An interview with Mike Roselle.
Few people know that the host city of the Winter Olympics is the site of a genocide.
It was in Sochi that the Circassians, an ethnic group native to the area, were slaughtered in the mid-nineteenth century by the Tsars.
"About twenty-five miles from Sochi, tucked away at an elevation of 1,800 feet, is a small canyon known as Qbaada," Occidental College Professor Walter Richmond writes in "The Circassian Genocide," a book-length treatment of the subject. "It is here that the Circassians and their Abkhaz allies made their last stand against the Russians in May 1864. After the Circassians' surrender, they were driven to Sochi, where they died by the thousands waiting for ships to take them to the Ottoman Empire."
The mass killing has been almost completely forgotten now (much in contrast to the mid-nineteenth century, when it was a subject of intense discussion all over Europe, according to Professor Richmond), but that shouldn't blind us to the enormity of the fact.
"Unacknowledged by Vladimir Putin's government, the ethnic cleansing of the mostly-Muslim Circassians is considered Europe's first modern genocide by many historians, and provides a gloomy backdrop to the Olympic glamour in this subtropical city -- not least for surviving Circassians who are furious over being excluded from the celebration in Sochi," Oliver Bullough writes for The New Republic.
The Circassians are responsible for the name of the host city itself, a bitter irony given what happened after Sochi was established.
"Sochi is even a Circassian word meaning roughly 'between mountain and sea,'" tweets Progressive columnist Dave Zirin. "Yet their culture has been almost entirely erased from Sochi."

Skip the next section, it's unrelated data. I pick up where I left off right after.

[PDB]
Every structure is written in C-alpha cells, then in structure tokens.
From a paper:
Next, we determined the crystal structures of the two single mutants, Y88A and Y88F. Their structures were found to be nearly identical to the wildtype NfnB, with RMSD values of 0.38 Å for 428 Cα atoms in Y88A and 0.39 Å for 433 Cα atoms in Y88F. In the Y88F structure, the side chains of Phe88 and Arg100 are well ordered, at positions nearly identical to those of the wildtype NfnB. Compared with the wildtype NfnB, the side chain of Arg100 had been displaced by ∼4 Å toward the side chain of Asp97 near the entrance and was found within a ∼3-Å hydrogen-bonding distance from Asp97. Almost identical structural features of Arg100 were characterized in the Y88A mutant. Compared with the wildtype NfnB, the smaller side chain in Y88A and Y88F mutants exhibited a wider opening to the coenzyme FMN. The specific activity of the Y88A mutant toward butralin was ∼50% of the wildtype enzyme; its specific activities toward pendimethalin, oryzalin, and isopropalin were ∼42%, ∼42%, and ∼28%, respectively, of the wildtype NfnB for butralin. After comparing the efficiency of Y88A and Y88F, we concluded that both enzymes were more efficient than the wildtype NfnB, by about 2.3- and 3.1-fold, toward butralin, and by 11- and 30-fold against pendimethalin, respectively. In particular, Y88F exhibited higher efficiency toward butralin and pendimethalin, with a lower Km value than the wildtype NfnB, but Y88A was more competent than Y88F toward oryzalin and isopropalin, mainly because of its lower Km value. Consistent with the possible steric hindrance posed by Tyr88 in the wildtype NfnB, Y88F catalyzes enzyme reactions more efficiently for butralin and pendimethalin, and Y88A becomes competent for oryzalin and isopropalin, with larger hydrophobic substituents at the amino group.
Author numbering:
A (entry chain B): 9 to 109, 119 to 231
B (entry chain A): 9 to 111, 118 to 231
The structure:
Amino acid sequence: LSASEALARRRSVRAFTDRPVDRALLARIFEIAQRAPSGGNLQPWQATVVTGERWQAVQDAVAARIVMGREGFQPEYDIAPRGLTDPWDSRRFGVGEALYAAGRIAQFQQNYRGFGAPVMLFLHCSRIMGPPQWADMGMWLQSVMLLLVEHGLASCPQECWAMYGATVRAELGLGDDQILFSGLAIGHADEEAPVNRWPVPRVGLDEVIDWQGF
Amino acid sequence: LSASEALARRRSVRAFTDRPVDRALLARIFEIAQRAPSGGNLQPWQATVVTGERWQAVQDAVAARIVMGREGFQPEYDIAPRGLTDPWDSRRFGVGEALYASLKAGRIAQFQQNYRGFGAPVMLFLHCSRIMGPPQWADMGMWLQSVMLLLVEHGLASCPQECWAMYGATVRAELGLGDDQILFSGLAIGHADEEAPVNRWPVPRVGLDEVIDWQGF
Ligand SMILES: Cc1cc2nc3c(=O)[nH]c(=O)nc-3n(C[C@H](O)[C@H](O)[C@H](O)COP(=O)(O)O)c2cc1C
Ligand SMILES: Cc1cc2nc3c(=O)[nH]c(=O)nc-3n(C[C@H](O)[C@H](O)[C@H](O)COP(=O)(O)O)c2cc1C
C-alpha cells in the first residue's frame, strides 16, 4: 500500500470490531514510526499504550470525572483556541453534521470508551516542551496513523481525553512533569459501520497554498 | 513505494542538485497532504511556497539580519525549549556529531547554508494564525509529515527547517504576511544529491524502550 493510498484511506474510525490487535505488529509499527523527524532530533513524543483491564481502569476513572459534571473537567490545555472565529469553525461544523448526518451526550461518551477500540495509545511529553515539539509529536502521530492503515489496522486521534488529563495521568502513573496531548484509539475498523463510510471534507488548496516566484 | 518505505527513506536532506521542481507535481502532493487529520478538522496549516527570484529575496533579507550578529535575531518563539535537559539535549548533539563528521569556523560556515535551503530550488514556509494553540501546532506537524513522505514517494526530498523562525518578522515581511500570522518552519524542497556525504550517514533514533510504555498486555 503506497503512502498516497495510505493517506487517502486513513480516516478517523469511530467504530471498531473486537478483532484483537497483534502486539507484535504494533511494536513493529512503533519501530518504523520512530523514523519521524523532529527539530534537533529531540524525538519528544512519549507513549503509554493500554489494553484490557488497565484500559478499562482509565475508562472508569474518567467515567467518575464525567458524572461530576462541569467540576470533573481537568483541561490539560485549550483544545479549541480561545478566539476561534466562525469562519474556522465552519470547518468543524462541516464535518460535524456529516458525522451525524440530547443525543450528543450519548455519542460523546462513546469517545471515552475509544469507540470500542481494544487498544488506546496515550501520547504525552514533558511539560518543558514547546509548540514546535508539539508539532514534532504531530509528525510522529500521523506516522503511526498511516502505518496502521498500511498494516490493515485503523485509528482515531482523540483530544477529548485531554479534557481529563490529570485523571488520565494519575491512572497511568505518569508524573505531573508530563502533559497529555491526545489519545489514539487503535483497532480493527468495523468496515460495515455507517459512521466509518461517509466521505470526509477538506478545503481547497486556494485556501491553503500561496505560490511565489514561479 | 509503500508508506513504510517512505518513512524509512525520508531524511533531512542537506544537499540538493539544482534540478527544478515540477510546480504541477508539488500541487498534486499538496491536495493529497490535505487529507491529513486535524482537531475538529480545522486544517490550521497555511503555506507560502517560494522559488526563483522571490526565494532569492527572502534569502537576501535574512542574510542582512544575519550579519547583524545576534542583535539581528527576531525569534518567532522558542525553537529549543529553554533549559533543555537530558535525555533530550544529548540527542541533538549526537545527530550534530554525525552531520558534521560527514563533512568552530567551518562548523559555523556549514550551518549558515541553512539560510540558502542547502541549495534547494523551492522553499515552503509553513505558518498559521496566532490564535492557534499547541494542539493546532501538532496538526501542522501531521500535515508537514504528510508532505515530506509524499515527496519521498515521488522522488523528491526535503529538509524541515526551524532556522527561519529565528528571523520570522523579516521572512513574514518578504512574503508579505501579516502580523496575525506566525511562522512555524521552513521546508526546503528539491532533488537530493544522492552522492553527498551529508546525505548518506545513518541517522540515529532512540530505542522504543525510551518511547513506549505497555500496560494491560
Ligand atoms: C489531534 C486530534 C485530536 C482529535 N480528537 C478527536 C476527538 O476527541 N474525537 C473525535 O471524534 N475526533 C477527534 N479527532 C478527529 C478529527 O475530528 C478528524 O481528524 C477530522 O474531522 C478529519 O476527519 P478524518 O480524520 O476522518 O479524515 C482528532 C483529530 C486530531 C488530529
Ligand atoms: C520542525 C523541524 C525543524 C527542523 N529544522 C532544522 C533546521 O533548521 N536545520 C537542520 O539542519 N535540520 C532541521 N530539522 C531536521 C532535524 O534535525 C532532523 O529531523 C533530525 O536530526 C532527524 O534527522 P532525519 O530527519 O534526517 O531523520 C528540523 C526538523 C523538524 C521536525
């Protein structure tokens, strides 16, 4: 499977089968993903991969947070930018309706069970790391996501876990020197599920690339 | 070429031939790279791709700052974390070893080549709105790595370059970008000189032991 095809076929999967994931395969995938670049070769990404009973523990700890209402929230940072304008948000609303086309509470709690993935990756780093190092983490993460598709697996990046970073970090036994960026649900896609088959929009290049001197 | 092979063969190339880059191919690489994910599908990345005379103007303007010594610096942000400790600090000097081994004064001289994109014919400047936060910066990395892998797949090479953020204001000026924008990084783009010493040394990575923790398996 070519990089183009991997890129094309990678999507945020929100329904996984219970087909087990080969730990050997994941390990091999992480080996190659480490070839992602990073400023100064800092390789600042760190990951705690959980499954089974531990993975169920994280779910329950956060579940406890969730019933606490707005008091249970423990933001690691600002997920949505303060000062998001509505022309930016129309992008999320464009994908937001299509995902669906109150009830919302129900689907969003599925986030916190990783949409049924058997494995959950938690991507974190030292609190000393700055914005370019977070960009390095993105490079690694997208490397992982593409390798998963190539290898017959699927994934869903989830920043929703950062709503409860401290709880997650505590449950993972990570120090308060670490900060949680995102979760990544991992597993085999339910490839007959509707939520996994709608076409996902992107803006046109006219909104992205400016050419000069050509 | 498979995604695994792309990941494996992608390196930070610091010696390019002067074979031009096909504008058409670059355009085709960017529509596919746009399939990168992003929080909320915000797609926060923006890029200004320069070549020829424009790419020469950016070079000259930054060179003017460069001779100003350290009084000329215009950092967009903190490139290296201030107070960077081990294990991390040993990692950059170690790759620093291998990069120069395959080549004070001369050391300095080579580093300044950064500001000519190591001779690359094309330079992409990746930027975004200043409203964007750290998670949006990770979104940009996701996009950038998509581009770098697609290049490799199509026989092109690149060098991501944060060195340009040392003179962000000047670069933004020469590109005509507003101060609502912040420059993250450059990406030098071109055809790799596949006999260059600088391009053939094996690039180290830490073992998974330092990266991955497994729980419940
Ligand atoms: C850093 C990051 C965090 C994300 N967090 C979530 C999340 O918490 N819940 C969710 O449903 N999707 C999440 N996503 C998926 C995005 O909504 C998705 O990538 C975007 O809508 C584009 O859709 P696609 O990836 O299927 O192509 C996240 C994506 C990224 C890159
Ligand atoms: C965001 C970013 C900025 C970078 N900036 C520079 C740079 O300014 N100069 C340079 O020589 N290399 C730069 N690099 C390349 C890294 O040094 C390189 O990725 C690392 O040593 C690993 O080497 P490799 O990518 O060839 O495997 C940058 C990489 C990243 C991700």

Members of the Circassian community are trying to take advantage of the global media spotlight on Sochi to get an official apology -- but with little luck.
"Circassian activists protested in Vancouver and London, outside the United Nations in New York, and outside the Russian consulate in Istanbul," writes Bullough. "This drew some media attention, but little sympathy from Russian officials. Police arrested activists in mid-December on charges of 'extremist activity.'"
The legacy of the genocide is felt in current-day Sochi in a number of ways. For instance, there isn't a single mosque for the 20,000 Muslims living in the city.
"The mosque issue has long been a sore spot in Sochi, where Muslim leaders have been pushing for a new place to worship since 1996," Mother Jones reports.
Local officials have sometimes displayed an astonishing insensitivity to the demand.
"City leaders, such as deputy mayor Anatoli Rykov, have argued that there's already a mosque nearby -- fifty miles outside the city in the mountain village of Tkhagapsh, population 180," Mother Jones adds. "Tkhagapsh is two-and-a-half hours by car from downtown Sochi, and the city's brand new light rail line, hubbed at the country's newest, largest train station, doesn't go there."
The Russian government may like to pretend that Sochi's awful history doesn't exist, but the rest of us should keep the past in mind as the Olympics unfold.